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Brevet Brigadier-General John Pulford, U.S.V.

Brevet Brigadier-General John Pulford was born in New York City July 4, 1837. He was educated in the public schools and afterwards read law, and is now a member of the Detroit bar, in which city he has resided since 1850. When the war of the Rebellion broke out in 1861 he was proprietor of a hotel and foreman of Engine Company No. 3 in said city, and on April 20 he, in conjunction with Mr. E. T. Sherlock, proprietor of the Metropolitan Theatre, reorganized said fire company into a military company and offered their services to the general government, and on June 19, 1861, he was commissioned first lieutenant Fifth Michigan Infantry. He was stationed at Fort Wayne, Michigan, to September 11, 1861, when he, with his regiment, left to join the Army of the Potomac, and was actively engaged with said army in all its campaigns and battles up to Malvern Hill, where he was severely wounded by a ricochet cannon-ball, which fractured his temporal bone and also broke his jaw and collar bones. He was taken prisoner and retained at Richmond until July 18, 1862. He was promoted captain May 15, 1862, and major January 1, 1863. He did not recover from his wounds until September 12, 1862, when he again took the field, and participated in the battle of Fredericksburg. In this battle his company and regiment suffered severely.

The regimental commander having been killed, Captain Pulford, although one of the junior captains, was soon after appointed major of the regiment, the officers of the regiment having petitioned to the governor for his promotion, on account of his efficient services as an officer. At the battle of Chancellorsville, May 2, 1863, he assisted in the capture of the Twenty-third Georgia

Infantry, and the next day, May 3, assumed command of the regiment, after Lieutenant-Colonel E. T. Sherlock had been killed, and remained in command of the regiment (though suffering severely from a wound received at Chancellorsville) up to and including the battle of Gettysburg, Pennsylvania, where he was twice wounded, but did not leave the field or his command.

Major Pulford was promoted lieutenant-colonel of the Fifth Michigan May 3, 1863, and in August of that year was sent to New York City with his regiment on account of the draft riots, and from there to Troy, New York, for the same purpose, returning to the Army of the Potomac September 18, 1863. On December 29, 1863, he went on veteran furlough, and returning to the field in February, 1864, he participated in the actions and movements of the Army of the Potomac to the surrender of Lee, April 9, 1865.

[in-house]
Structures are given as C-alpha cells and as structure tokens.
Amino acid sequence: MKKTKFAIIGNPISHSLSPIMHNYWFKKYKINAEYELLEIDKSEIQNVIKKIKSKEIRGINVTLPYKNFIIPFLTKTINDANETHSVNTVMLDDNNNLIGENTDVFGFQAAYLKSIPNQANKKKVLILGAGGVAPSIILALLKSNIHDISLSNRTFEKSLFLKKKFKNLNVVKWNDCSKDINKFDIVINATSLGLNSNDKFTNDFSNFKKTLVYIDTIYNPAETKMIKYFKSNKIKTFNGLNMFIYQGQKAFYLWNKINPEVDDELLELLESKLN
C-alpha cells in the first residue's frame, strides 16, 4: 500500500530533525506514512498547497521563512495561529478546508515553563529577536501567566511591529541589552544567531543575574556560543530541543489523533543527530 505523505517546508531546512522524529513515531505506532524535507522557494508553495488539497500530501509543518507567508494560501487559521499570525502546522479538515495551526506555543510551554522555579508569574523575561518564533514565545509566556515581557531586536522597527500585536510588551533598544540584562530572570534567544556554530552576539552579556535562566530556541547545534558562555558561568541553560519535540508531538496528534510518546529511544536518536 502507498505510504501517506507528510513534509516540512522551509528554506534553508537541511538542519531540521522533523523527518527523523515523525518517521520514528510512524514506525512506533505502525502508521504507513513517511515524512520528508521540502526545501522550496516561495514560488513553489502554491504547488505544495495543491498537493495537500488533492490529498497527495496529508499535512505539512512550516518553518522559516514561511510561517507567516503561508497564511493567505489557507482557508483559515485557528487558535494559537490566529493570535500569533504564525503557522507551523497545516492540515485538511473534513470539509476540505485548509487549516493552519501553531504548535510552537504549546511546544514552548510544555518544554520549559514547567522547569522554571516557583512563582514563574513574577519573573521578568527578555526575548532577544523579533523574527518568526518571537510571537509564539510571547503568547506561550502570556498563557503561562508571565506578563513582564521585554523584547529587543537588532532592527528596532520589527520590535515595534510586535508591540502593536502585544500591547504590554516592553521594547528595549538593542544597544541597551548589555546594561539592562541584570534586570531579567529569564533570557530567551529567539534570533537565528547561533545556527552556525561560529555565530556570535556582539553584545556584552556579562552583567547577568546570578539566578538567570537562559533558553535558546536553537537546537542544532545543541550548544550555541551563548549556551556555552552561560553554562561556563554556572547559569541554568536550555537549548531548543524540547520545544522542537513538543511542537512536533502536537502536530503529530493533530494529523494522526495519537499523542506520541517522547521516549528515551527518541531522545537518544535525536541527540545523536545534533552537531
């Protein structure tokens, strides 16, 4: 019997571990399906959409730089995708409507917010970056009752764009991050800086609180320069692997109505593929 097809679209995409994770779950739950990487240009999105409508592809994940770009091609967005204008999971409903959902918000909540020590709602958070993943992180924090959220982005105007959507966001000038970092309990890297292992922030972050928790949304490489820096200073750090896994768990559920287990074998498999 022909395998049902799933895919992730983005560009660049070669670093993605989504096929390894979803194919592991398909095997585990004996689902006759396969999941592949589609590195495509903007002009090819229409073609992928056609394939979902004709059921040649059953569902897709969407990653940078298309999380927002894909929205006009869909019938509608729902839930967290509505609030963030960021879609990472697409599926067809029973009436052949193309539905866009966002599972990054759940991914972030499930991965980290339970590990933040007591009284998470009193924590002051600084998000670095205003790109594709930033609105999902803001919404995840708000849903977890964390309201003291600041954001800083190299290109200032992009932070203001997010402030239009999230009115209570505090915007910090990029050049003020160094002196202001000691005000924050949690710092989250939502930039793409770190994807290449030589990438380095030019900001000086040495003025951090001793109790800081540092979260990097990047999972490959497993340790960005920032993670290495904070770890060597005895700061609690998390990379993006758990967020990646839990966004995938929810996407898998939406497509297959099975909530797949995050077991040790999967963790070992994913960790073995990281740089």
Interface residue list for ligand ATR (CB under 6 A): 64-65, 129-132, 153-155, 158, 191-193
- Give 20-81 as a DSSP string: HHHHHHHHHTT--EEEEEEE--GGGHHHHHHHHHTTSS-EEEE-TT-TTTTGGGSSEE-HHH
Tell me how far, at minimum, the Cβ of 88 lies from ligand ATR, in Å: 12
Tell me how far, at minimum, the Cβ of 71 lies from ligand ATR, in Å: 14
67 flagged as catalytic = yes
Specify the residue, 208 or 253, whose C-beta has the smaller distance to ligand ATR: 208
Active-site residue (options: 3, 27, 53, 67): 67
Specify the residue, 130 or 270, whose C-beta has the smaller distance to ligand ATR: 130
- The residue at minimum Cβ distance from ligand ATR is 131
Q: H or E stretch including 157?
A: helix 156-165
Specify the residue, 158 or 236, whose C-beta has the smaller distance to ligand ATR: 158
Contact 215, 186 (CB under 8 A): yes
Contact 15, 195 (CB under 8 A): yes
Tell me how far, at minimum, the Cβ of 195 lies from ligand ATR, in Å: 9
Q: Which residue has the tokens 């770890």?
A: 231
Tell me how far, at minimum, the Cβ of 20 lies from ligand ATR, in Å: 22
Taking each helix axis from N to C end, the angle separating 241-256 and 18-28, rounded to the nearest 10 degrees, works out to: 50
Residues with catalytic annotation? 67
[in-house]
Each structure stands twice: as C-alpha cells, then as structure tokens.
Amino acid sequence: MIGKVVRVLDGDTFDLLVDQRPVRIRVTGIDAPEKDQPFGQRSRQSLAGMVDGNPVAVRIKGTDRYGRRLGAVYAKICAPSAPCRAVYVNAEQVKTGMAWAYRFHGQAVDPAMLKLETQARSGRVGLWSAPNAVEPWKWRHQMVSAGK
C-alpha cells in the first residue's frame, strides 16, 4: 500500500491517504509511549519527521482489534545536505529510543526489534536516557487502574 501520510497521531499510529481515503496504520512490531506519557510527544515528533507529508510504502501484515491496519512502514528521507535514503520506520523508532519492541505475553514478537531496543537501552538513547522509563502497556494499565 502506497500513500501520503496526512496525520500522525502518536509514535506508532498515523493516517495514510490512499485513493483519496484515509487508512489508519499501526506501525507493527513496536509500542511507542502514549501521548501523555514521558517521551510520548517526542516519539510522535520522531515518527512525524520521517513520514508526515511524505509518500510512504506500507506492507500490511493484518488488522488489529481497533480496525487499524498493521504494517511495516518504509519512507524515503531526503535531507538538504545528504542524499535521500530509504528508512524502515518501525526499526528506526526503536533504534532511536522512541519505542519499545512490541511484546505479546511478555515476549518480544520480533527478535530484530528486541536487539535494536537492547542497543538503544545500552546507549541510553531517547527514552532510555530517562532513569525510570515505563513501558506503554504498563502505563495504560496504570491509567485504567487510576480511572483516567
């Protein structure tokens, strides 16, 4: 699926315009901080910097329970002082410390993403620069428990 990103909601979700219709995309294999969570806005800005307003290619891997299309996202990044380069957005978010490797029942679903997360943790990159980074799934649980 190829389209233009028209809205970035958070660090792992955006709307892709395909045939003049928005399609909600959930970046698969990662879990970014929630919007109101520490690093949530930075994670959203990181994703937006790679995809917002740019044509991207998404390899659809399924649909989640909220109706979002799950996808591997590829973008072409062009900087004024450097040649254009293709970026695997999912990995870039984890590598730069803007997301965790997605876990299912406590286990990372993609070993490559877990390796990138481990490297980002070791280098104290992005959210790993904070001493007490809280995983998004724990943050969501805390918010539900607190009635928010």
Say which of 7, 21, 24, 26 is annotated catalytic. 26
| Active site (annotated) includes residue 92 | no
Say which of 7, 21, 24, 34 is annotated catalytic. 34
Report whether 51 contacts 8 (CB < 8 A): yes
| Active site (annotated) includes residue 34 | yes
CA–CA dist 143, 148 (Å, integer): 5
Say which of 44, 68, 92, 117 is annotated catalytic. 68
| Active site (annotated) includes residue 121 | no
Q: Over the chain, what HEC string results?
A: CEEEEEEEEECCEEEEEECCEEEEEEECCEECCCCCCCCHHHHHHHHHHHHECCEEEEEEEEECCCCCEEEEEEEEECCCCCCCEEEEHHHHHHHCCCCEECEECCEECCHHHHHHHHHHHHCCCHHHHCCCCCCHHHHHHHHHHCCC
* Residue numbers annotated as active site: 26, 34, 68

At the battle of the Wilderness Colonel Pulford was severely wounded, having his back broken and both arms partially disabled from an injury to the brachial plexus and loss of part of the first and second dorsal vertebra. He was promoted colonel of his regiment July 12, 1864, and brevet brigadier-general of volunteers March 13, 1865, "for good conduct and meritorious services during the war," and was honorably mustered out July 5, 1865.

General Pulford held on various occasions command of a brigade and division during the war, and of several Western regiments at its close.

He has to his credit all general engagements the Army of the Potomac participated in (except first and second Bull Run, Chantilly, and Antietam), including surrender of insurgent armies at Appomattox Court House.

On February 23, 1866, he entered the regular army as lieutenant and served in the Southwest and West, and engaged in General Hancock's expedition across the Plains against hostile Indians to April, 1867. Subsequently he was placed on reconstruction duty in the South, and was retired from active service with the rank of colonel, on account of wounds received in the line of duty, December 15, 1870.

General Pulford is the seventh son and ninth child of Edward and Sarah Lloyd (Anis) Pulford, the former a native of Norwich, and the latter of Bristol, England. They emigrated to New York City in 1833.

In 1856 he married Miss Sarah L. Lee, who died in 1875, leaving four children,-namely, Ida A., wife of George F. Summer; Josephine A., wife of Henry Cleland; Grant L., a clerk in the Detroit post-office; Sadie E., wife of Theodore E. Quinby, one of, the editorial staff of the Detroit Free Press. In 1883 General Pulford married Mrs. Emma J. Cady. They have one child, John Pulford, Jr.

Source: Officers of the Volunteer Army and Navy who served in the Civil War, published by L.R. Hamersly & Co., 1893, 419 pgs.

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